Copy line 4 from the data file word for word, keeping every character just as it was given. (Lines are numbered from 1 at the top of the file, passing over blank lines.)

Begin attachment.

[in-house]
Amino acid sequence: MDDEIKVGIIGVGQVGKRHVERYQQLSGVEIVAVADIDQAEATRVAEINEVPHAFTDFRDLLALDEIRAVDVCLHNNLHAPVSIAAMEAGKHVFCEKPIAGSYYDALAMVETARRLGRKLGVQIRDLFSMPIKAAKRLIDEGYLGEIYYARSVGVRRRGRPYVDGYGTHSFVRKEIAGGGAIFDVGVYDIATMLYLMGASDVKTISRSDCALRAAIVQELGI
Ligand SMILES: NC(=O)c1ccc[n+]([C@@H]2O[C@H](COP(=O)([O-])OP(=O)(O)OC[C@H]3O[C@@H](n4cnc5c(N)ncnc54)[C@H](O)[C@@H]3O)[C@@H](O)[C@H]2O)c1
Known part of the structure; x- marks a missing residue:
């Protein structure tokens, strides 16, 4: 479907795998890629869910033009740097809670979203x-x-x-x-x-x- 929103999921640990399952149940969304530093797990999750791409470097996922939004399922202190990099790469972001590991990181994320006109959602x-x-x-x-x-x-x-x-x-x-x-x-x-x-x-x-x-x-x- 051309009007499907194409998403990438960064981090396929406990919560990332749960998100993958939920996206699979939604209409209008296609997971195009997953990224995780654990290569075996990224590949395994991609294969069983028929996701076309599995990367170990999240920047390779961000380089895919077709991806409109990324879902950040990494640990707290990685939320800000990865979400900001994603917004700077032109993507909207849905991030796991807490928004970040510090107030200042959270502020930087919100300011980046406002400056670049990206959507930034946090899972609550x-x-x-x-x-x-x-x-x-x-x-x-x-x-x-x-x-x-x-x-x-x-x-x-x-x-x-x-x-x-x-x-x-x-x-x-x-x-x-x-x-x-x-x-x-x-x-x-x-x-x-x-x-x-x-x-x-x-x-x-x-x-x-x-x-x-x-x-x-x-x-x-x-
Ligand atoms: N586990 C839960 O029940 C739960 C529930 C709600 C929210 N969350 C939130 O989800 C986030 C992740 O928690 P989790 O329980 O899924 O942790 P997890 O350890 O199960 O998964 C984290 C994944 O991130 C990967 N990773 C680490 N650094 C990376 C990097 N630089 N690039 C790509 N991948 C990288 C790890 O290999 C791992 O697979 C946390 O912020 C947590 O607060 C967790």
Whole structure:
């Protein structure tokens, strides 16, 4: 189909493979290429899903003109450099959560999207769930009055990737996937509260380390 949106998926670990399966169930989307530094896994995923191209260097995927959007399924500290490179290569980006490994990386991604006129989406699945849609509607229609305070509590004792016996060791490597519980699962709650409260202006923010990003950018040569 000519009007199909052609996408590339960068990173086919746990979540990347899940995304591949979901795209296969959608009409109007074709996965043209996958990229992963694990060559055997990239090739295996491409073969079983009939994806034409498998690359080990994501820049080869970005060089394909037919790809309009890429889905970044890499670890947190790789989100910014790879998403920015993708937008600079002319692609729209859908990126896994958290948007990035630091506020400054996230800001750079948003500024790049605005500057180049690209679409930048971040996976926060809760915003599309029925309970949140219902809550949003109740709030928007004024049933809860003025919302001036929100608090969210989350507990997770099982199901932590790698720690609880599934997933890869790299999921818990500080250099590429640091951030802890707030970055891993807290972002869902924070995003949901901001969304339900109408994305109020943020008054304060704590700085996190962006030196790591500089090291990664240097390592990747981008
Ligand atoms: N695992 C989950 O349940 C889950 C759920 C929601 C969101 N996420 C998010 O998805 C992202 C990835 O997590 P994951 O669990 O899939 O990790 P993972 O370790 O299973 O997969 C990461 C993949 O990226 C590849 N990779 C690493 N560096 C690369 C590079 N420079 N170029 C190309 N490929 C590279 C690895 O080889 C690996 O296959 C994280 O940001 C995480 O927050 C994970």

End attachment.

Known part of the structure; x- marks a missing residue: